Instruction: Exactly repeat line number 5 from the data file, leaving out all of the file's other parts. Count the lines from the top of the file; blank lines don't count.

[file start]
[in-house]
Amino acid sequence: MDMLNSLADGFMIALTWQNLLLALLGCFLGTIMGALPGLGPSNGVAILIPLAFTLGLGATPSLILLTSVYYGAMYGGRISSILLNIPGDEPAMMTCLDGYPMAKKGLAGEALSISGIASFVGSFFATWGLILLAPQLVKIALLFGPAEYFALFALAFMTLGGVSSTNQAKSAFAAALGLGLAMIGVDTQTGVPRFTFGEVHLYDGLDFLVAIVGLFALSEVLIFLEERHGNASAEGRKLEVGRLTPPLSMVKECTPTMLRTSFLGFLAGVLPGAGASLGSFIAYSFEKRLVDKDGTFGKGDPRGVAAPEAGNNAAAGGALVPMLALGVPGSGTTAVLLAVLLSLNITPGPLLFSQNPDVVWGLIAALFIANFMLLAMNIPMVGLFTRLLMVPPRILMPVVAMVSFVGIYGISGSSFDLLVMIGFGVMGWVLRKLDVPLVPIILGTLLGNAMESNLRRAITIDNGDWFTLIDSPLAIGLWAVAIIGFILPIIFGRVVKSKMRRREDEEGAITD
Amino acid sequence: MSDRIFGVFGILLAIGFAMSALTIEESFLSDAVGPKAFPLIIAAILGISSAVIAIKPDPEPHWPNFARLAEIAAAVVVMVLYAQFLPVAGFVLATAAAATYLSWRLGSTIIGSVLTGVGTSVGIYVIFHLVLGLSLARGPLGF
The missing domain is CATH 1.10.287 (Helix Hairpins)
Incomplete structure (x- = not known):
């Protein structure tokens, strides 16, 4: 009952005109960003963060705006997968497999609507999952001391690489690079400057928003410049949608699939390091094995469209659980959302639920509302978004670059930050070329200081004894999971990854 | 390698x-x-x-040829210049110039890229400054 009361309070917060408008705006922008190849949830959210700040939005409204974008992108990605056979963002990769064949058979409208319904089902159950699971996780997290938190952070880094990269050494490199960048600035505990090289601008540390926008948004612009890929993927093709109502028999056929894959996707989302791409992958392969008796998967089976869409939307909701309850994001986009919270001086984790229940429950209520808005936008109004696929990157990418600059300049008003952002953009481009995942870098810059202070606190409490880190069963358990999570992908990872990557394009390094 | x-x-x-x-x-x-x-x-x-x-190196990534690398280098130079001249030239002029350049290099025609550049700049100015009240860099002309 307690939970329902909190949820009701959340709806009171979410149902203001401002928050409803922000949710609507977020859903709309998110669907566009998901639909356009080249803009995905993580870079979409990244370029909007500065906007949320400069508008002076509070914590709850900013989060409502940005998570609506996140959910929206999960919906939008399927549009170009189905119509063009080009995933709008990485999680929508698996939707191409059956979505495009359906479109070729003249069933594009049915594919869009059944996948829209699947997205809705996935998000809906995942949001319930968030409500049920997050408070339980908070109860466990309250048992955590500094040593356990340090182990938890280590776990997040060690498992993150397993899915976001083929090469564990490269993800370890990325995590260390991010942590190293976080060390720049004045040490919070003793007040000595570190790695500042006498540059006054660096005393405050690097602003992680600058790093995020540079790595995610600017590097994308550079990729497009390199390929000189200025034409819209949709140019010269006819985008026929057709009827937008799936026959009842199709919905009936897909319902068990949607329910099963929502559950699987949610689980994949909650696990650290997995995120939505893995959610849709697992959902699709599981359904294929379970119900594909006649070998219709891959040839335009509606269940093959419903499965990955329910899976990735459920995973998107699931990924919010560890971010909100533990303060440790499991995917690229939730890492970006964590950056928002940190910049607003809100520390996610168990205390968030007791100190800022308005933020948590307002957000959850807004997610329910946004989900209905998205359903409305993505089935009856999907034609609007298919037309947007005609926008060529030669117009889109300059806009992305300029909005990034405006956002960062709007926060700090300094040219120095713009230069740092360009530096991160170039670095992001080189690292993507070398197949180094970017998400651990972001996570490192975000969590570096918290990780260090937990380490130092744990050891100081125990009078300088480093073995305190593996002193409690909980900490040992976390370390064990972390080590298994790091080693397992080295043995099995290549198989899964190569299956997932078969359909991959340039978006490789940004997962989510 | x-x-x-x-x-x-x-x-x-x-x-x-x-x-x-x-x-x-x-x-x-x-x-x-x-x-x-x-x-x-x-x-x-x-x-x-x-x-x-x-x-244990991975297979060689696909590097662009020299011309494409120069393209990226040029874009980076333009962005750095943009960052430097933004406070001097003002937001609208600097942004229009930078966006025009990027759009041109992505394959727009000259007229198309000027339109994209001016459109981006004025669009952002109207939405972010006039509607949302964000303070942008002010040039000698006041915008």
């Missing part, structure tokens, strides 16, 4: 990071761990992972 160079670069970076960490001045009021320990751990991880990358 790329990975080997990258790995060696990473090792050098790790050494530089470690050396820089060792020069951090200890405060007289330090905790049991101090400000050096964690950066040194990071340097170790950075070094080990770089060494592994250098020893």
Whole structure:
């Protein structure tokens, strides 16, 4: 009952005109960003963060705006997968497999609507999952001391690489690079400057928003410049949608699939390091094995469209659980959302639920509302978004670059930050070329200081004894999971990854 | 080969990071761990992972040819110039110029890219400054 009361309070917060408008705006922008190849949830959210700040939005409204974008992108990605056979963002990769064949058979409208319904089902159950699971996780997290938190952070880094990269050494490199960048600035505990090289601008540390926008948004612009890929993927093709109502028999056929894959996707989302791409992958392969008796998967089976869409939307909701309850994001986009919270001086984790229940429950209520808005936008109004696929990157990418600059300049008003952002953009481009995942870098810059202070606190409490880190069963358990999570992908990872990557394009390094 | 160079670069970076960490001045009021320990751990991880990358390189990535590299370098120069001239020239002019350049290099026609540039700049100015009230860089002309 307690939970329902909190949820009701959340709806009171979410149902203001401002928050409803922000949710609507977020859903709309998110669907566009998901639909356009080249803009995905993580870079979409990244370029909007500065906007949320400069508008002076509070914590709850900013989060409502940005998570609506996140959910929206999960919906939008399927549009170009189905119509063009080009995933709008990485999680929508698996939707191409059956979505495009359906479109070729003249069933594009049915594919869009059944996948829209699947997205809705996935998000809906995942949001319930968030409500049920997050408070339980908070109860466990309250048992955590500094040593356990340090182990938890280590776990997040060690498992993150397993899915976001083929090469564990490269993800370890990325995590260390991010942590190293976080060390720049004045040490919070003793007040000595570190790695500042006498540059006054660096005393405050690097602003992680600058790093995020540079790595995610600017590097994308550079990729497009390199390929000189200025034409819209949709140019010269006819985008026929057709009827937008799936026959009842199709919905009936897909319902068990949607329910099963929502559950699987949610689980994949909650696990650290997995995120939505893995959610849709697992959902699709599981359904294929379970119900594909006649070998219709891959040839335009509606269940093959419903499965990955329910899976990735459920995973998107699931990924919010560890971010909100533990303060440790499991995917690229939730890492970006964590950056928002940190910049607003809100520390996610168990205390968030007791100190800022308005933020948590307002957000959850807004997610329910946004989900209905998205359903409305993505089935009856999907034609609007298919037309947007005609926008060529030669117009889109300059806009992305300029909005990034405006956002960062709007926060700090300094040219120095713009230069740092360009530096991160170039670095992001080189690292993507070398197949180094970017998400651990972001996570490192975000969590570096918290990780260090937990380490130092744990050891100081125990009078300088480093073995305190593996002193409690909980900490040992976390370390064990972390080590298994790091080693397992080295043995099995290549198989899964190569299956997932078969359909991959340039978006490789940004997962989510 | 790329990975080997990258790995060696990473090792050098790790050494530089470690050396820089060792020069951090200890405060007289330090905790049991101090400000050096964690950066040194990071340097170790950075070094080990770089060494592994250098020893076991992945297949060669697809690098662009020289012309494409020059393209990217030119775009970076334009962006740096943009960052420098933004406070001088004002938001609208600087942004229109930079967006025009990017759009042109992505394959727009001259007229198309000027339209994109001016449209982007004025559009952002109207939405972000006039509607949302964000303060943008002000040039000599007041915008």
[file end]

Incomplete structure (x- = not known):